We Interrupt This Self-Improvement Project to Deal With A Family Crisis…

An Open Letter to “Anonymous:”

You’re not, of course. Anonymous that is. Many things in the report you filed point directly to you. And you’re the only one of all of our neighbors who can no longer look us in the eye. Your embarrassment is warranted. But I wonder- are you waiting for a reaction? We’ve decided not to give you one. Not in person anyway. We are responding to your hate with love, because that’s how we live as a family.

But since your action has caused me to disappear from writing for a week, and because let’s face it, I need to get my response out somewhere and some of the report suggests that perhaps you read my blog, I offer you this.

I forgive you.

I am praying for you.

And I thank you.

I forgive you for the feeling in my stomach when I opened the door and saw the badge. I forgive you for the way my body ran cold when he asked me if I knew what his department does. Yes, of course I knew. I’m a teacher. I didn’t know why he was at my door, but I knew what he does.

I forgive you for the few moments when I feared something had happened at school. Because obviously nothing had happened at home that warranted a visit from child services.

I forgive you for the way I felt as he read the accusations you had slung. The suggestion that we weren’t proper parents. That we were dirty, stinky people. That you feared we were hoarders. That you didn’t think we knew how to take care of African-American hair. That we had no discipline or control over our child.

I forgive you for the sore throat and swollen eyes from crying, and the sleepless nights. I forgive you for the way you made me question myself. For making us walk on egg shells for three weeks. I forgive you for the old wounds you opened.

And it’s really difficult, but I forgive you for what you did to my child. The way you hurt her feelings by saying she was still in diapers. She has been potty-trained for years. Accusing a big girl of being a baby- those are fighting words. And I forgive you for scaring her and confusing her. How she’s afraid all the time that someone is going to call the police on her. I forgive you for making my beautiful child think she did something wrong.

I forgive you for taking over my thoughts and feelings and actions for the past several weeks. I forgive you, because forgiveness is an action, not a feeling. My heart remains angry and sad. But I choose to forgive you.

I’m praying for you. I know you’ve suffered major loss, this year in particular. I know you’re lonely. I know you must long to have the love we have as a family. I know the feeling of seeing others around you be happy while your heart’s desire goes unfulfilled. So I’m praying for you. Praying that your heart be healed, and that you find love. But most importantly I’m praying that you seek a relationship with God. That’s where our love comes from, you know. It’s not because we are without trials. You provided a trial in our life after all. But as a family we get through difficult times because we trust God. We trust His plan. We’ve seen our prayers answered. And I pray the same for you.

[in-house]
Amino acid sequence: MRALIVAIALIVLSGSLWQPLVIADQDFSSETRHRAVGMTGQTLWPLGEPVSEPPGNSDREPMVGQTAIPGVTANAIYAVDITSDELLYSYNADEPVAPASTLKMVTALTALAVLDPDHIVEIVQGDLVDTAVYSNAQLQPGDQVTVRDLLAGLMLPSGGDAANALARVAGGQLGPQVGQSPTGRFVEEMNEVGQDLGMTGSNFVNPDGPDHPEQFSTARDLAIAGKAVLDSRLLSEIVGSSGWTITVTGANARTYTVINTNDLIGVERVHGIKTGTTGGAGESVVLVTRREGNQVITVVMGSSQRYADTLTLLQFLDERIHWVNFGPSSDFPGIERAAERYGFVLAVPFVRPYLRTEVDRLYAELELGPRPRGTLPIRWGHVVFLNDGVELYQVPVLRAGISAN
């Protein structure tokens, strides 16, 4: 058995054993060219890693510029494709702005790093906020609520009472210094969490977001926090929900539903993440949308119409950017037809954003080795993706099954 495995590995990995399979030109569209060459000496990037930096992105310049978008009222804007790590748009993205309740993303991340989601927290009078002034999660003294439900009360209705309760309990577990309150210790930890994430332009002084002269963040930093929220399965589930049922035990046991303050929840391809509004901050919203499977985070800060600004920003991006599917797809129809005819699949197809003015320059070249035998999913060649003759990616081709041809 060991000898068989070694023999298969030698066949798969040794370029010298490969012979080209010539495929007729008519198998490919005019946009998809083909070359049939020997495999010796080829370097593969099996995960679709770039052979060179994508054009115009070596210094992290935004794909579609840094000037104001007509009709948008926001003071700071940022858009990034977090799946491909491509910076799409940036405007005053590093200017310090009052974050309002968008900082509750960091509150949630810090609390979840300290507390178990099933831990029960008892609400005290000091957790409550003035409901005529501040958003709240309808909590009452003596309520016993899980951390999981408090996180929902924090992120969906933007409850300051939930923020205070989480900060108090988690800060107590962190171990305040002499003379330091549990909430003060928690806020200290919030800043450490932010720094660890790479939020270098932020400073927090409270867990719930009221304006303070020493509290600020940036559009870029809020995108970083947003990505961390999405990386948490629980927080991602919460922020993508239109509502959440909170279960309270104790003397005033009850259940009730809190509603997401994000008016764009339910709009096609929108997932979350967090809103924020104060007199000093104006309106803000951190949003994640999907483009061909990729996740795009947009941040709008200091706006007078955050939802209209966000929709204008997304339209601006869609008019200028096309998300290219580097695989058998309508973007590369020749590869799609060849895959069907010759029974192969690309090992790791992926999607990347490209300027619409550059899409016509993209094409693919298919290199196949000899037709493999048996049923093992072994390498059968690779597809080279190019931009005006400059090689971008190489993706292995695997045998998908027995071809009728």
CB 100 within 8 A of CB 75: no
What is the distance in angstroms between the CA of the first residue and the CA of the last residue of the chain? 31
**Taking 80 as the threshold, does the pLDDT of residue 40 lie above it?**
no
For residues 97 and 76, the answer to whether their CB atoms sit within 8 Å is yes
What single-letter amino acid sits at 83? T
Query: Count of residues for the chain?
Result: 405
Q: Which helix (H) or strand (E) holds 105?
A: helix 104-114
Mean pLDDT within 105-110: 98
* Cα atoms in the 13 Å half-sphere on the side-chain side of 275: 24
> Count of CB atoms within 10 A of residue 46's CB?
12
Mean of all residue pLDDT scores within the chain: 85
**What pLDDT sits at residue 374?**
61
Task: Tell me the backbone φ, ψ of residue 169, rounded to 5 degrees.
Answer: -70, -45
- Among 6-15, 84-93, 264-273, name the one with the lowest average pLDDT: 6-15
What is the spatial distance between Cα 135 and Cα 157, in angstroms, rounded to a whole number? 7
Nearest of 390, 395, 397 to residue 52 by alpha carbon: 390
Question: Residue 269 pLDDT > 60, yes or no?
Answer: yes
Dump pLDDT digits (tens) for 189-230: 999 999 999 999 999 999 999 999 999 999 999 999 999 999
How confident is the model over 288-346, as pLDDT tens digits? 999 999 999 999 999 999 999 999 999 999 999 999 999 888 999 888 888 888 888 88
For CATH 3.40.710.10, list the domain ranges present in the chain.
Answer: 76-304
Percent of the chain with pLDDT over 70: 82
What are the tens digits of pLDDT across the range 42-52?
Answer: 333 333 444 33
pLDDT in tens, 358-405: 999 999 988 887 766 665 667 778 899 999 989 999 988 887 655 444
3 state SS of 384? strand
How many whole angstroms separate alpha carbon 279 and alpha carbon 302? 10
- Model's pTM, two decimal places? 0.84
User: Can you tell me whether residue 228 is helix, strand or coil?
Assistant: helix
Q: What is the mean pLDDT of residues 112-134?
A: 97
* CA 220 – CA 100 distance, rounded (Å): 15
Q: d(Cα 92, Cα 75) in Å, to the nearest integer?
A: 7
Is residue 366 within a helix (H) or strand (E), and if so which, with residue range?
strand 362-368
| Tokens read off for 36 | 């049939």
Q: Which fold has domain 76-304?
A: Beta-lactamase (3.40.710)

And it is with those prayers in mind that I thank you.

I thank you for giving us a worst-case scenario. You brought to reality something all parents worry about on some level. What if someone turns me in for being a bad parent?

And so the authorities came.

And you know what they discovered?

That we’re really good parents of a really great kid who happens to have a really nasty neighbor. Not everyone gets that kind of validation. So I thank you.

I thank you for our new apartment. The one that is $100 a month less than we currently pay. The one with the giant back yard right down by the park. The one with a huge attic. The one that gets us away from you. Without your phone call we wouldn’t have been looking. But now we move to a better situation in one month. So I thank you.

And I thank you for giving me such a concrete example of God using trial to bring rewards. I hope our story is able to inspire others. And it’s all because you didn’t want us living next door. So I thank you. And others who will hear our story thank you.

Last summer my daughter set up a free lemonade stand for her neighbors. She did it because she loves them. So I thank you for giving us the opportunity to talk to her about the actions of others. How sometimes people do things that aren’t nice, and we can’t really understand why. You turned her lemonade into lemons. So I thank you for the lesson.

I also thank you for the opportunity to use the phrase “lemonade into lemons.”

With forgiveness, prayer, and thanks,
The Person Who Won’t Be Your Neighbor Much Longer

Now that the case has been closed (because there was never a case, only an accusation…) I no longer have to focus on preparing for an inspection that never should have happened.

And so. I now return you to our regularly-scheduled Project 40.

4 Comments (+add yours?)

  1. Amy
    May 18, 2014 @ 23:17:20

    Thank you for sharing your unbelievable journey of forgiveness, faith, and thanks. I admire you for what you’ve done.


  2. Erin Bennedum
    May 19, 2014 @ 09:33:41

    You are badass, mama! It’s far more difficult to love than hate – thank you for your amazing example of exactly how to do it with grace!


  3. Erin
    May 19, 2014 @ 10:22:51

    Ugh. I was angry at this person just reading your post. I am amazed that you are able to show such love and forgiveness in the face of such nastiness. It is heartbreaking that anyone could say such things 😦

    But yay for a new apartment away from negativity!


  4. Trackback: How to Run the Soft Reset on your Life | Thoroughly Modern Mommy

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